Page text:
Impact of risk on organizations. Commonly, organizations focus on those risks that may result in a negative outcome, such as damage from a fire, losing a key customer, or an emerging new competitor. However, unpredictable events should also be considered, as these could have positive outcomes too, such as better-than-forecast weather, stronger staff retention trends, or improved tax rates.
Impact Of Risk On Organizations
Furthermore, events that are beneficial to the achievement of one objective could, at the same time, pose a challenge to the achievement of other objectives. For example, a product launch with higher-than-forecast demand has a positive effect on financial performance. However, it may also increase the risk to the supply chain, which could result in dissatisfied customers if the company cannot adequately supply market demand.
Some risks have minimal impact on an entity, and others have a larger impact. Enterprise risk management practices help an organization identify, prioritize, and focus on risks that may prevent the value from being created, preserved, and realized or that may erode existing value. However, just as important, it also helps the organization pursue potential opportunities.
It is, therefore, worth taking note that businesses and entrepreneurs must be willing to take risks to see results. Often, the risk they take is by investing their savings in the new business or ventures. These innovative entrepreneurs can often create much value for their business as long as their new ideas for goods or services are customer-focused. They understand that there is a risk of possible failure if the ideas do not turn into expectations, but it does not mean that businesses will not take risks.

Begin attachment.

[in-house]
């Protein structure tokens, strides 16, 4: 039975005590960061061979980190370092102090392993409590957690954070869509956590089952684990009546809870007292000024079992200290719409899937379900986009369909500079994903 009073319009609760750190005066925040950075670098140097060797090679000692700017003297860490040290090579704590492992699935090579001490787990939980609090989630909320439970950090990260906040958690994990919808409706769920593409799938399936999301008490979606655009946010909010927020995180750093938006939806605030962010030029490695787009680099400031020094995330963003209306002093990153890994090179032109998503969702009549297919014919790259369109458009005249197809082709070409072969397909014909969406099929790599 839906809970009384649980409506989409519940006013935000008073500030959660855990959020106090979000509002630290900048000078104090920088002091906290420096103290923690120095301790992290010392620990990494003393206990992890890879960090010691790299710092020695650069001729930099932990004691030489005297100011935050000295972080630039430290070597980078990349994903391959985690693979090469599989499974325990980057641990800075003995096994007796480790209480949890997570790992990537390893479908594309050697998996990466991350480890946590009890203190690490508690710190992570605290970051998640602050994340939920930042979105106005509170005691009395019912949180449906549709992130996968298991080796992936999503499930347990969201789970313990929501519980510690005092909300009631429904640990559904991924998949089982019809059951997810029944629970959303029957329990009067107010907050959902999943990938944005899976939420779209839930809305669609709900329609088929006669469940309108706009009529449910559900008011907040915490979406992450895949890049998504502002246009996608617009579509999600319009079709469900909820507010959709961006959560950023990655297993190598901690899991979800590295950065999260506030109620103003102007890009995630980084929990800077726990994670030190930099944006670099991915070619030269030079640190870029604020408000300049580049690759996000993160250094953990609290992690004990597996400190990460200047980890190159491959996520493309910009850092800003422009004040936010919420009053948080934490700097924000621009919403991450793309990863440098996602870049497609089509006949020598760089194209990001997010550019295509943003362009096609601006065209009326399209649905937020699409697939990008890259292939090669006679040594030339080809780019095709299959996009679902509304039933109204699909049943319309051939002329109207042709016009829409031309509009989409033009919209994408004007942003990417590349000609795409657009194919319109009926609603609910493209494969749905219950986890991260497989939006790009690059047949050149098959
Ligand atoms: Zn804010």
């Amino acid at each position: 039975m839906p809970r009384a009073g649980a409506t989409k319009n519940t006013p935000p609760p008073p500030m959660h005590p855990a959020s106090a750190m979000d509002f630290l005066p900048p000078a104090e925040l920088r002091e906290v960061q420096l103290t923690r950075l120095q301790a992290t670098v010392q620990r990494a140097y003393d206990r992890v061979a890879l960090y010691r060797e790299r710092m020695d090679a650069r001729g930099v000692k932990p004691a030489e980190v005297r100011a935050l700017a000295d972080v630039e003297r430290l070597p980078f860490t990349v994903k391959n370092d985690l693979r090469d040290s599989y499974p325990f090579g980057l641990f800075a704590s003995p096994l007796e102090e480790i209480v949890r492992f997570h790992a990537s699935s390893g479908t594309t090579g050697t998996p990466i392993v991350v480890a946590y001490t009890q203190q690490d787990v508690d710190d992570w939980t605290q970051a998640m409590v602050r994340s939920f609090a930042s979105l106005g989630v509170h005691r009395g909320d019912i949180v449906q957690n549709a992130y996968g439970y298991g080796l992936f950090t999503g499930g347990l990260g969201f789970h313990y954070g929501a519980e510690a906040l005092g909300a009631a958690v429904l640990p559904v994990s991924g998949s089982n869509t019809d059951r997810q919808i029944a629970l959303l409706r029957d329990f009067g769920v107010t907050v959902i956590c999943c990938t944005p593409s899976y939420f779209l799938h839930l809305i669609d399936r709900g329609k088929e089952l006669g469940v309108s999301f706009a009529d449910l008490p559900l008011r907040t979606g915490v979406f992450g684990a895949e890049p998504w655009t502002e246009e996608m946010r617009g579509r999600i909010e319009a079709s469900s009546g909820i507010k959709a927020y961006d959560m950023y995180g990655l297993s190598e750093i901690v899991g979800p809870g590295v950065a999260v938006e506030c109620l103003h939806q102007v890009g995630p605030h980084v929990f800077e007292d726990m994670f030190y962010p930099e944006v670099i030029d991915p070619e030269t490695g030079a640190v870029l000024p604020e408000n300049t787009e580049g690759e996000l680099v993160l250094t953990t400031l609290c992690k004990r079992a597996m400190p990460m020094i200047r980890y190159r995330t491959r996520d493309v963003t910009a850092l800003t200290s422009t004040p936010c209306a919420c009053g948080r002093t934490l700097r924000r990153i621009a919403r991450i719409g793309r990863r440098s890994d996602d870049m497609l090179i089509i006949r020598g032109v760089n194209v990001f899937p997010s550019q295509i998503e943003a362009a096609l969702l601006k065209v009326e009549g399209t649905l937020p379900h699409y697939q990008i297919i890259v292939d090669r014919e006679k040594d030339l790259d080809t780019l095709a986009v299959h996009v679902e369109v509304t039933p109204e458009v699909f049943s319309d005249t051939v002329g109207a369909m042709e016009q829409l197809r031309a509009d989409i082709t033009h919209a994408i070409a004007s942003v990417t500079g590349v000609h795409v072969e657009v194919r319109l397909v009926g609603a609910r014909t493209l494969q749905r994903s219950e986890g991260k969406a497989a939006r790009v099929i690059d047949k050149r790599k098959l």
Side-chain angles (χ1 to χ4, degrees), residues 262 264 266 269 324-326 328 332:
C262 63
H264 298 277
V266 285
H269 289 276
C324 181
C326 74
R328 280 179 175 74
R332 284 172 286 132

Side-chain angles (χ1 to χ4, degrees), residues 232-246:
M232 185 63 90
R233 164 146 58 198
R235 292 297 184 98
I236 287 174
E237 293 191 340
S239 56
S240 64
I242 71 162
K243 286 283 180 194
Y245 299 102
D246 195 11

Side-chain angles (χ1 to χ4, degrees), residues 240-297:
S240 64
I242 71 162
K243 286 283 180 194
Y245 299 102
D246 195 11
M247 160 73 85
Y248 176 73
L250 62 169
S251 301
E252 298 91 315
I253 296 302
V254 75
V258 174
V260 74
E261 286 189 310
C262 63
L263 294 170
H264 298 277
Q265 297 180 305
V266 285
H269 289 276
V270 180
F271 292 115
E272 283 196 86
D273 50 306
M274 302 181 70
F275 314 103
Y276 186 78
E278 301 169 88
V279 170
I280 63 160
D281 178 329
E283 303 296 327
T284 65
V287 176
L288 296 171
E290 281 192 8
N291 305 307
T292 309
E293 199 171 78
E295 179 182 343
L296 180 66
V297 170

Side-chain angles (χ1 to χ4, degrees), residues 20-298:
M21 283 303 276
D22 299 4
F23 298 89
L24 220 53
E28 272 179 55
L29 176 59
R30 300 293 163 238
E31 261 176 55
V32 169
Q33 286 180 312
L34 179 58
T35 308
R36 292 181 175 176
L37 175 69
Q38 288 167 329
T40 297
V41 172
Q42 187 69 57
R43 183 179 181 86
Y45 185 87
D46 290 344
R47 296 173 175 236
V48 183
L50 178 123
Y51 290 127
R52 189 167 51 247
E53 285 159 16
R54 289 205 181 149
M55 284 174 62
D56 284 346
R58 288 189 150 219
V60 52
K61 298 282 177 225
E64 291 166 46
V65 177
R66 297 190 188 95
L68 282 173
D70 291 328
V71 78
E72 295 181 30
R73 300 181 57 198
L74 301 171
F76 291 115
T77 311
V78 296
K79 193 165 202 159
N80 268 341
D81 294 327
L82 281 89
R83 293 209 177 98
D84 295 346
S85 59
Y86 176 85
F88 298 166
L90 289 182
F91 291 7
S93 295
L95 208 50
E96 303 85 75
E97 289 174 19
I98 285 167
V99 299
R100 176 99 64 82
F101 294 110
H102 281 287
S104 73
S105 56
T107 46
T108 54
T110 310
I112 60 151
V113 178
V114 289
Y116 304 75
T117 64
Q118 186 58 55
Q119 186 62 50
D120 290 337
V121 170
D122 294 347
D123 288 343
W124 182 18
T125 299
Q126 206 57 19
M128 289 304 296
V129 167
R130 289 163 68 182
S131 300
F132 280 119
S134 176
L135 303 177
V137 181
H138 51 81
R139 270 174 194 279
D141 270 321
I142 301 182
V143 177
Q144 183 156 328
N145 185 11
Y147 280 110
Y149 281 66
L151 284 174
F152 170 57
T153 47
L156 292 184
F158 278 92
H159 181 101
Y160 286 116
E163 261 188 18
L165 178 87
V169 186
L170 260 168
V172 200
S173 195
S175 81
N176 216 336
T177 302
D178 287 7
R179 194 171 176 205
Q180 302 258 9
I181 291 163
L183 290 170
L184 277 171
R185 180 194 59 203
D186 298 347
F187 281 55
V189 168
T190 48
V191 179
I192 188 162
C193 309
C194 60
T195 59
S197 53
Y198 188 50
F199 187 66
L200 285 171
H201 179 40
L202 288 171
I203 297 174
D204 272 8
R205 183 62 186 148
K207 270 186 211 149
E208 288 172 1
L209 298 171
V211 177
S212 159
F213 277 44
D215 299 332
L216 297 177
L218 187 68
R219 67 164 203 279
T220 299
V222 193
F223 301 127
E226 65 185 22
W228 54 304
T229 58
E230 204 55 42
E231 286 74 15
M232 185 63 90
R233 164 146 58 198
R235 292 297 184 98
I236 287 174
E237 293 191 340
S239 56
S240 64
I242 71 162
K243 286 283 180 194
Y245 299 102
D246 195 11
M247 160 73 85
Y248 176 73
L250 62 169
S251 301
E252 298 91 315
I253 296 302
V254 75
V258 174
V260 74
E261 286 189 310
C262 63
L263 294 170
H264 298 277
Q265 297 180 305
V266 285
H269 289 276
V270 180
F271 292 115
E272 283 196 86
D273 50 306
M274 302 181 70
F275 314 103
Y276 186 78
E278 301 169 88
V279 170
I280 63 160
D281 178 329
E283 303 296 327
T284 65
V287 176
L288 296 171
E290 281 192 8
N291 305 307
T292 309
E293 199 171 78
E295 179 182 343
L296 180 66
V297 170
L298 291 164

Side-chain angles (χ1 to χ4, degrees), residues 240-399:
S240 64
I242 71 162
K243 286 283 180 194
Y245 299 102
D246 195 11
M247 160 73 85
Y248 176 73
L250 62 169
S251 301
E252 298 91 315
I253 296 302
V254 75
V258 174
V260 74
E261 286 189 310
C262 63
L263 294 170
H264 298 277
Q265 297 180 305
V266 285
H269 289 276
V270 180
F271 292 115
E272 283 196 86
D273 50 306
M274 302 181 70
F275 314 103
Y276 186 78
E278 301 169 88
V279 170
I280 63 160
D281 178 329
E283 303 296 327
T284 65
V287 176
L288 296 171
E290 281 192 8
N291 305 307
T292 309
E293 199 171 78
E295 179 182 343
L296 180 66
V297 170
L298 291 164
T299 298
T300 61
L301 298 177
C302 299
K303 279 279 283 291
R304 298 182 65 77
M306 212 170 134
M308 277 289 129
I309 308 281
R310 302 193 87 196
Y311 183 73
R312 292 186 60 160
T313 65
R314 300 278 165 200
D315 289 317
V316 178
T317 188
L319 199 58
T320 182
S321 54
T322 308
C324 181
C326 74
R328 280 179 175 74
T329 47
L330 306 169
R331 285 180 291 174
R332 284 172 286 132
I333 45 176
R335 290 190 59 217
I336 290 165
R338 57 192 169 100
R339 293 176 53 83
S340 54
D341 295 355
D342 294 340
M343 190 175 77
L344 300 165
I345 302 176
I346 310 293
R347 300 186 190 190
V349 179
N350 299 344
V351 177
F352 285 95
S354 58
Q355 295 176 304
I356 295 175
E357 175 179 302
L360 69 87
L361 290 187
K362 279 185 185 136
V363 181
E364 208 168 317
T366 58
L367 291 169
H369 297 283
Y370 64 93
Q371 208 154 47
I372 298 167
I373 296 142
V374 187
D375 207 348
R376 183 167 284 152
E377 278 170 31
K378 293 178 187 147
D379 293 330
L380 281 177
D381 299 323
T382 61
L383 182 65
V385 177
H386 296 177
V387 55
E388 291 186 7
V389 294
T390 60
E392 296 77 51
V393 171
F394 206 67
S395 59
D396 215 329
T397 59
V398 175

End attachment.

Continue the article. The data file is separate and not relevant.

In spite of a risky environment, new business ventures started by entrepreneurs can be based on a new idea or an innovative way of offering a service. They can also be a new location for an existing business idea or an attempt to adapt a good or service in ways that no one else has tried before. Indeed, people who have set up their own new business and have displayed skills of ‘entrepreneurship’ must have taken various risks at different stages of the business.
Organization’s Primary Objectives
An organization’s primary objectives include maximizing shareholders’ wealth, increasing profits and market share. Risks may affect these crucial objectives. If an organization lets risks go unmanaged, it may face potential financial, operational, legal, and reputational losses.